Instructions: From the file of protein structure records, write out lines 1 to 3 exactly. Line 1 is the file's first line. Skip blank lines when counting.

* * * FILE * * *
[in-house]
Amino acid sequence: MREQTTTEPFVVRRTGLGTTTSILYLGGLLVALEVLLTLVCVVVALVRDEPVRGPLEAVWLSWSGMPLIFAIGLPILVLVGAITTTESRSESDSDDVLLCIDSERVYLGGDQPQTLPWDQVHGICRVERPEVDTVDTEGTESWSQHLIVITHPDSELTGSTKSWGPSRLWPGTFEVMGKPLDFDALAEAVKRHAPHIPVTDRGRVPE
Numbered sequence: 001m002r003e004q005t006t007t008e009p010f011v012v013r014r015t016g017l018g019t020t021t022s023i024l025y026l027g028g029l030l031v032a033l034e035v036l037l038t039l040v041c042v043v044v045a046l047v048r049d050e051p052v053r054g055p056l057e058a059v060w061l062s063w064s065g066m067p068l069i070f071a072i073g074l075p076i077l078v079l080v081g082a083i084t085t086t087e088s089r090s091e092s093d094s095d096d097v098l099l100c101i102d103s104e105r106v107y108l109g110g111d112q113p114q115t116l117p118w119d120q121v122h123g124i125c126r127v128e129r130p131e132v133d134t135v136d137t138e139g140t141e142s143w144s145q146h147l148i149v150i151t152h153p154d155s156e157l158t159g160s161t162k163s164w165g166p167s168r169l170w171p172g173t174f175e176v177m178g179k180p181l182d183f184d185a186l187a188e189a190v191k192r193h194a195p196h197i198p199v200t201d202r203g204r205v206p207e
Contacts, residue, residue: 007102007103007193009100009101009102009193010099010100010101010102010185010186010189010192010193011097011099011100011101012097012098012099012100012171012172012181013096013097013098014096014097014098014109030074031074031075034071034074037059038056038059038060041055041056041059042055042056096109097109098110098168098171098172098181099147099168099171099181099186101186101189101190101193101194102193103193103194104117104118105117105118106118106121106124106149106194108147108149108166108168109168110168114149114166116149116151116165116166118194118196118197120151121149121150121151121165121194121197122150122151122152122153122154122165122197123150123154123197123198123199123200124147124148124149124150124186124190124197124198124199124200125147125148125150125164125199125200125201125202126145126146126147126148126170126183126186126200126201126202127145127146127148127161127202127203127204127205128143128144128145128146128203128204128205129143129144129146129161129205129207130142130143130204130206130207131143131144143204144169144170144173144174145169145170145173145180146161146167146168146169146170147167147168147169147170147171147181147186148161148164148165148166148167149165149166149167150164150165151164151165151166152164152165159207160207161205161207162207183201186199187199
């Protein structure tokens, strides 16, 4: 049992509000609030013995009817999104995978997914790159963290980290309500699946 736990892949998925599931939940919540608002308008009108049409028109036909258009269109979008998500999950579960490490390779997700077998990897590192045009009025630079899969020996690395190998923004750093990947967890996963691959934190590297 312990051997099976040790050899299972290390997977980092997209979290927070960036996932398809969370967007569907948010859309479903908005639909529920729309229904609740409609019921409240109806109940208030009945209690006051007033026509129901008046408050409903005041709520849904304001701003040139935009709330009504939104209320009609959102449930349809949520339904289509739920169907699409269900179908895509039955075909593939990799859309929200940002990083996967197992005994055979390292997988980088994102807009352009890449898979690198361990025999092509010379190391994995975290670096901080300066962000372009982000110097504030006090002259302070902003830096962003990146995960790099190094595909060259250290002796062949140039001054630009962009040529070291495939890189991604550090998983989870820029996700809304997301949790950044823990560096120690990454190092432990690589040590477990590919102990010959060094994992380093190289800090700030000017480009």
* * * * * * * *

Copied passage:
[in-house]
Amino acid sequence: MREQTTTEPFVVRRTGLGTTTSILYLGGLLVALEVLLTLVCVVVALVRDEPVRGPLEAVWLSWSGMPLIFAIGLPILVLVGAITTTESRSESDSDDVLLCIDSERVYLGGDQPQTLPWDQVHGICRVERPEVDTVDTEGTESWSQHLIVITHPDSELTGSTKSWGPSRLWPGTFEVMGKPLDFDALAEAVKRHAPHIPVTDRGRVPE
Numbered sequence: 001m002r003e004q005t006t007t008e009p010f011v012v013r014r015t016g017l018g019t020t021t022s023i024l025y026l027g028g029l030l031v032a033l034e035v036l037l038t039l040v041c042v043v044v045a046l047v048r049d050e051p052v053r054g055p056l057e058a059v060w061l062s063w064s065g066m067p068l069i070f071a072i073g074l075p076i077l078v079l080v081g082a083i084t085t086t087e088s089r090s091e092s093d094s095d096d097v098l099l100c101i102d103s104e105r106v107y108l109g110g111d112q113p114q115t116l117p118w119d120q121v122h123g124i125c126r127v128e129r130p131e132v133d134t135v136d137t138e139g140t141e142s143w144s145q146h147l148i149v150i151t152h153p154d155s156e157l158t159g160s161t162k163s164w165g166p167s168r169l170w171p172g173t174f175e176v177m178g179k180p181l182d183f184d185a186l187a188e189a190v191k192r193h194a195p196h197i198p199v200t201d202r203g204r205v206p207e